A new post over at the Android Developers Blog today introduces the Android Market’s new merchant sales reports. These monthly CSV reports are similar to those that you can already get from Google Checkout (the same reports that are used by Appmonger to generate its statistics) but seem to be a bit more informative. Among other information such as the device type, these new reports also include accurate conversions for buyer’s currency transactions. Currently Appmonger performs a best efforts conversion using third-party exchange rates because this information has not been available from Google until now.
At present, the only report available for developers to download from the Android Market is for March 2011 but the blog article indicates that previous reports back to January 2010 will be made available in due course and subsequent reports will be available every month. In isolation these reports are not sufficient to deliver Appmonger’s functionality as, unlike the Google Checkout reports, they are not available in near real-time (orders will not show up in a report for up to 40 days). However, there may be scope for Appmonger to use these reports in addition to the Google Checkout data to provide more accurate figures, perhaps by performing a monthly reconciliation of orders by updating the converted amounts as the exact data is made available. We’ll look into this possibility and keep you posted. Keep your eye on this blog.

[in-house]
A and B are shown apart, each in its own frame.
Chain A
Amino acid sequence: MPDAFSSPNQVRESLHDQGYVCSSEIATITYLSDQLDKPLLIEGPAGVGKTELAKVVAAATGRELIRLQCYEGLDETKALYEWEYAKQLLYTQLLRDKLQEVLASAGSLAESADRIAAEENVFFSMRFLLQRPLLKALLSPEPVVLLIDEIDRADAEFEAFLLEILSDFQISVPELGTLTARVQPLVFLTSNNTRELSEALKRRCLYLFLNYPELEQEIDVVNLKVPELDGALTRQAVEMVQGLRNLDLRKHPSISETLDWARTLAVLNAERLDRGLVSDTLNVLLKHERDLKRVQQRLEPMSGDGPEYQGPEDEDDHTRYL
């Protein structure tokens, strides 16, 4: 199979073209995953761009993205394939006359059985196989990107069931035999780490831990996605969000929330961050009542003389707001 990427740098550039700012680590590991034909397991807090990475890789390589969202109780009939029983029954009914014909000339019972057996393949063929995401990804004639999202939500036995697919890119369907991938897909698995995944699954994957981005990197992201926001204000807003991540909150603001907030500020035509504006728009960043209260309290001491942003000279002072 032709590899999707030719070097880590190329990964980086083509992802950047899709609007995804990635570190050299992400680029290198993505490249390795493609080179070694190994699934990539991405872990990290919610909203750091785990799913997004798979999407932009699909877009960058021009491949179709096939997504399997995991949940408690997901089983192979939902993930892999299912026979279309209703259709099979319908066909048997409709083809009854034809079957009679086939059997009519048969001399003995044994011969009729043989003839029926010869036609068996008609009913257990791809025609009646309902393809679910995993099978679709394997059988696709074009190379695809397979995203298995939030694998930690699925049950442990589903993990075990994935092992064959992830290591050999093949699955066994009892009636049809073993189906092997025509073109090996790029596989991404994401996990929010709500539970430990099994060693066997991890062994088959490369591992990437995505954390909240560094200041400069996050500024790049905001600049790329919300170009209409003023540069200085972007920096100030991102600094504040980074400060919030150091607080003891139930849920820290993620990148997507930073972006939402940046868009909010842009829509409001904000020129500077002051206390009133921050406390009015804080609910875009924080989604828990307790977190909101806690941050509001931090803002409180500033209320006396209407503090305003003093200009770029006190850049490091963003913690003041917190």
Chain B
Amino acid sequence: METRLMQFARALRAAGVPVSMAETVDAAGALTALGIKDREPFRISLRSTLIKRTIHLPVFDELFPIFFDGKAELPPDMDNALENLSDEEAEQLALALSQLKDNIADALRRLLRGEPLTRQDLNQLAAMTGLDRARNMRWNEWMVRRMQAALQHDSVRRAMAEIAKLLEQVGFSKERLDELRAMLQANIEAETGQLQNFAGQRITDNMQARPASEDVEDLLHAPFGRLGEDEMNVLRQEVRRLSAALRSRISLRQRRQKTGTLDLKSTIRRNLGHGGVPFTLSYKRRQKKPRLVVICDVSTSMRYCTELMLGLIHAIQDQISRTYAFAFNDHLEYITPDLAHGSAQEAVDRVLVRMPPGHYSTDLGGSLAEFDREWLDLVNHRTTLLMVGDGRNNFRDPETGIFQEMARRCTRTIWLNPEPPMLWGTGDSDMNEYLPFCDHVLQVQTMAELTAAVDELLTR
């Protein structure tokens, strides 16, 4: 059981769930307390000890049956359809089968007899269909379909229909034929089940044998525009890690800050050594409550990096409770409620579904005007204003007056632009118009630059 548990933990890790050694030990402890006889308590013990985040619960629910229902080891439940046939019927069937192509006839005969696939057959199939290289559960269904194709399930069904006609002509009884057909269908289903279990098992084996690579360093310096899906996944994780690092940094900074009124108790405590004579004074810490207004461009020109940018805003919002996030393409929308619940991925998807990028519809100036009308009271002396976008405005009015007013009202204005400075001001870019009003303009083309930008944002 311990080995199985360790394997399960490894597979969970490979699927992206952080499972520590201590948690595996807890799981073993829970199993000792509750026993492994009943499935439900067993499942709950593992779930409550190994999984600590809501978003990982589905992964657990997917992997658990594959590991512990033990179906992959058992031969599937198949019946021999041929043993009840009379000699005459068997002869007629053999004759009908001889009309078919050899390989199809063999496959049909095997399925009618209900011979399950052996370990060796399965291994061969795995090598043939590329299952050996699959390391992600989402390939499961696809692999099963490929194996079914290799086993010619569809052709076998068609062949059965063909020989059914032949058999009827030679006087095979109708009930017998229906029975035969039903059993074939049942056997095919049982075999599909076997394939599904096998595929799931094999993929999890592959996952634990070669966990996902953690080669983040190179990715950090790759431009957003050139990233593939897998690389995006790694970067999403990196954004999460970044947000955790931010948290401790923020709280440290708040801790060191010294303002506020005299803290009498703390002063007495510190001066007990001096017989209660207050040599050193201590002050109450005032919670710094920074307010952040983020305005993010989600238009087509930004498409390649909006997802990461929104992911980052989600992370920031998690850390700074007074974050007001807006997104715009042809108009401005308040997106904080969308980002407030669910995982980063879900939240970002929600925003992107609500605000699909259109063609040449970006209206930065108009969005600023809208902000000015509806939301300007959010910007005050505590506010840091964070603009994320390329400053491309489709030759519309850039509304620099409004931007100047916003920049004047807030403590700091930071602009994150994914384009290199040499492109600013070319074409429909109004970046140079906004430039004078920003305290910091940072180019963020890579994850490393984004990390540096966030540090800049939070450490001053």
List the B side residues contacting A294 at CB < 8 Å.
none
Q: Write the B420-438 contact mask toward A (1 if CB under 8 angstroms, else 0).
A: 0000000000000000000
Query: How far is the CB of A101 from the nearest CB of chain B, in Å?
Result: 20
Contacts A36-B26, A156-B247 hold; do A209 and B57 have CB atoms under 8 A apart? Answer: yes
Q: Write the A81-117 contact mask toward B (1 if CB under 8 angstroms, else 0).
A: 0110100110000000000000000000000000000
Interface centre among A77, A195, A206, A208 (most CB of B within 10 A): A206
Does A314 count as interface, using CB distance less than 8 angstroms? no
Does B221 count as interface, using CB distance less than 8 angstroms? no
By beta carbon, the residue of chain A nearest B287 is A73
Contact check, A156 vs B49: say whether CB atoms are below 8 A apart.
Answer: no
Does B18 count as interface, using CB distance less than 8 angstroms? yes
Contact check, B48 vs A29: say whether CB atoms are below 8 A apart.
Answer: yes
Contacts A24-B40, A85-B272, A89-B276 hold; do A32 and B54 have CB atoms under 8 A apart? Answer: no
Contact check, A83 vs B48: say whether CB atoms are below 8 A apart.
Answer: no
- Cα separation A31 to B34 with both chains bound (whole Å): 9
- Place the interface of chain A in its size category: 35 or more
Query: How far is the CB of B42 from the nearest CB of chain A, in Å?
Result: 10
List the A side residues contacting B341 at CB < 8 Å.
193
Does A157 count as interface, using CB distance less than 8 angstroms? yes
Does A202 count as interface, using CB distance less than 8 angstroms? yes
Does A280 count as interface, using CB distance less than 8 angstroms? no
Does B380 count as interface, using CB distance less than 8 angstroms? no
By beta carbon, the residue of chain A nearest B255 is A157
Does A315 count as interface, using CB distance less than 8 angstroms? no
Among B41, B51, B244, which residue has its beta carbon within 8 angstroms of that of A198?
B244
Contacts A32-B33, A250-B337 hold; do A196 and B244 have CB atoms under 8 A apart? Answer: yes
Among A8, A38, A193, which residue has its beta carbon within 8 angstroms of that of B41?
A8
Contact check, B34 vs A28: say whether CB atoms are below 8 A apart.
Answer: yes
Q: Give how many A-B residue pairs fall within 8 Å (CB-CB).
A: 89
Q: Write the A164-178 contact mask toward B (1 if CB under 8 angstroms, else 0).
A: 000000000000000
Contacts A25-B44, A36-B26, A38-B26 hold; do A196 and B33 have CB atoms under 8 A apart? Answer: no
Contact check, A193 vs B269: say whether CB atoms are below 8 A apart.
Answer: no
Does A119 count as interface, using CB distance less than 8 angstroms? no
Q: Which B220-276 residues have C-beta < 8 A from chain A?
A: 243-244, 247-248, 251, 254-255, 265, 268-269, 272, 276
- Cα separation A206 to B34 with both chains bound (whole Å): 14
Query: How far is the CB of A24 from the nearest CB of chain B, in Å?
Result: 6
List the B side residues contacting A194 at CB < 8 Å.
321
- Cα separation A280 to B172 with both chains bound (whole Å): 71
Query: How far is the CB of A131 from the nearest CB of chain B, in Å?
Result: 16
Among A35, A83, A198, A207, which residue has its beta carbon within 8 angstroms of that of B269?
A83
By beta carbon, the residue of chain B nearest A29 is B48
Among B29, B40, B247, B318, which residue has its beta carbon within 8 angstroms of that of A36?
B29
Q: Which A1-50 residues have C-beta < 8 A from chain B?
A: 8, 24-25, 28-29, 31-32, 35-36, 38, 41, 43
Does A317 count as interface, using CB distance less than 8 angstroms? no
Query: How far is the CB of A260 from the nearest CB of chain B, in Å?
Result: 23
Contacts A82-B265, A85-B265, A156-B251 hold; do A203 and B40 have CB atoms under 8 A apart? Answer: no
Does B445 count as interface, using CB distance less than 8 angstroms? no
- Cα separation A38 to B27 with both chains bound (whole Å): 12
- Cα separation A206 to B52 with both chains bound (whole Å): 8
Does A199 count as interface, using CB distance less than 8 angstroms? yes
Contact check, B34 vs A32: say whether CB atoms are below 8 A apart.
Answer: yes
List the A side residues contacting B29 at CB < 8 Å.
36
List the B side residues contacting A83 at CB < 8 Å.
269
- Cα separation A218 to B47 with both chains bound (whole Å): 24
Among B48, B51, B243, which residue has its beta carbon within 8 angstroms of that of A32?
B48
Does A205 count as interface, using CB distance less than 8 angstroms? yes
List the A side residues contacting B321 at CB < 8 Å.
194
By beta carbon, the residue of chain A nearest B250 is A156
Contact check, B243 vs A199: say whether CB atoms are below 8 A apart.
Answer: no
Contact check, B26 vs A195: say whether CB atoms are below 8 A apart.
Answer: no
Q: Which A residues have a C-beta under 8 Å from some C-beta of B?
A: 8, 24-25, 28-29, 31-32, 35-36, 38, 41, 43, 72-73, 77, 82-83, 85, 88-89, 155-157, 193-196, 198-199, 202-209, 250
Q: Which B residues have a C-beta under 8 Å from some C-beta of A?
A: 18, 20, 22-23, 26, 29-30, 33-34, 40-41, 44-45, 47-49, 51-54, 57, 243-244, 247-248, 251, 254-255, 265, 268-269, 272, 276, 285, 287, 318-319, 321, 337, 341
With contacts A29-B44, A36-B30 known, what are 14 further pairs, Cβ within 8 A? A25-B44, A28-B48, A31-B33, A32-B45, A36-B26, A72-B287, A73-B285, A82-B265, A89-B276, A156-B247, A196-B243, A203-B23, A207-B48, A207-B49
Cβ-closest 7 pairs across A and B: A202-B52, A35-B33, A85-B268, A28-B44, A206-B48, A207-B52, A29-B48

Google has unveiled several incremental improvements to the Android Market in recent weeks and months. These welcome changes include availability in more countries, support for additional screenshots, longer descriptions, changelogs, related app suggestions, local currency conversion for prices, and carrier billing. All good stuff, but there is still more that needs to be done to make the Android Market truly fit for purpose. Support for even more countries is one thing. The long-awaited web interface is another. These proposed enhancements have many vocal proponents but there are other areas that need to be addressed that haven’t received as much attention.